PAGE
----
It is perhaps too simplistic to say Construction & Engineering is about 'building stuff', but at its core it does what is says on the tin. However, the legal practice behind 'building stuff' is as complex and interesting as any other area.
From a trainee prospective it is one of the very few areas where you can experience both sides of the divide of transactional and contentious work and it is an area that very neatly dovetails into most of the Firm's practice areas.
It is often said that the only guaranteed things in life are death and tax. Unfortunately, not far behind are disputes in Building Contracts. The reasons behind disputes are many and varied, but the effects generally fall into three categories:
- delays in the completion of projects
- projects going over budget
- the employer not paying the contractor
Needless to say 1 and 2 are not mutually exclusive and 3 often comes into play because of either (or both) of a) and b). More often than not there are concurrent issues in a dispute.
Building Contracts within England and Wales are subject to a statutory right to adjudication. In short this is a rough and ready form of dispute resolution designed to keep money flowing through the construction supply chain, which is of vital importance particularly to sub-contractors towards the bottom of the supply chain. It is often described as a 'pay now, argue later'. Indeed at its shortest an adjudication decision can be delivered within 28 days of referral.
Aside from adjudication, Building Contracts are also often subject to a contractual right for arbitration, a resolution service not dissimilar to the court proceedings, but with the major advantage of being private.
Over and above disputes arising directly from Building Contracts, there are the usual disputes that can arise from any service (i.e. negligence actions against architects, surveyors) and, although more unusually, disputes over insurance coverage etc.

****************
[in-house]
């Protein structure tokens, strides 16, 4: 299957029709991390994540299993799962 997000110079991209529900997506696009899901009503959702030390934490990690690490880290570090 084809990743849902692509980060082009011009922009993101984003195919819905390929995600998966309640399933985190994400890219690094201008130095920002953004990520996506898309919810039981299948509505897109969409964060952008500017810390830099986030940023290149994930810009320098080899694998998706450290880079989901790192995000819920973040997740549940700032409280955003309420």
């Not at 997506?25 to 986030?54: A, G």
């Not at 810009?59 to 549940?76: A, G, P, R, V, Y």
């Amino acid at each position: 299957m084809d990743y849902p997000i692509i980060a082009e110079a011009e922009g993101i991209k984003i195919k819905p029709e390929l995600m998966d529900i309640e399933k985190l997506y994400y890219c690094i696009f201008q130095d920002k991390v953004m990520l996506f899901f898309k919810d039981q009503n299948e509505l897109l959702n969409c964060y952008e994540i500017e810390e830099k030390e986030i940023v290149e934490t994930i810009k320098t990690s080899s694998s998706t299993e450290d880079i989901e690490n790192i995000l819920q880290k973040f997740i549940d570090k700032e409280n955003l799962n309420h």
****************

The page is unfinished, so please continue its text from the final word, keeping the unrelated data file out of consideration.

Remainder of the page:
All of the above can make for a varied, and at times time pressured, experience of contentious work.
On the other side of the coin to the contentious work, there is the support given in putting together the contractual documents for building projects. There are many standard forms of contract that are used in the construction industry, perhaps the most prevalent being the JCT suite of contracts and the NEC3 (soon to be NEC4) suite.
Whilst it may seem that it would be easy to simply copy and paste the details of the parties into one of the standard forms of contract, unsurprisingly this is never the case in practice. Whether you are acting for an Employer, Contractor, Sub-Contractor or Funder will colour your client's view in respect of risk profiles created by the contract. Bespoke amendments to these contracts are always negotiated between the parties to reflect this.
The nature of construction projects will often mean that there is more than one contract in play at a time. Normally there will be various appointments of skilled contractors (e.g. Mechanical & Electrical, Civil & Structural, and Architects) either by a Deed of Appointment or by a specific sub-contract. On top of this there will be the need for these parties to enter into collateral warranties for the benefit of an Employer or Funder (as there would be no direct contractual link between the contractor and the Employer/Funder).
Needless to say, as a project increases in complexity, so does the contractual background. For instance, a current matter I am working on involves an anaerobic digestion plant with some seven or eight parties including special purpose vehicle companies and national infrastructure representatives.
So, does transactional work lack the drama and cut-throat nature of a courtroom? Arguably. Is the work complex? Definitely. Is it rewarding when you get your head around a deal and are able to contribute? Undoubtedly.
And the best thing about Construction & Engineering – you can get stuck into both!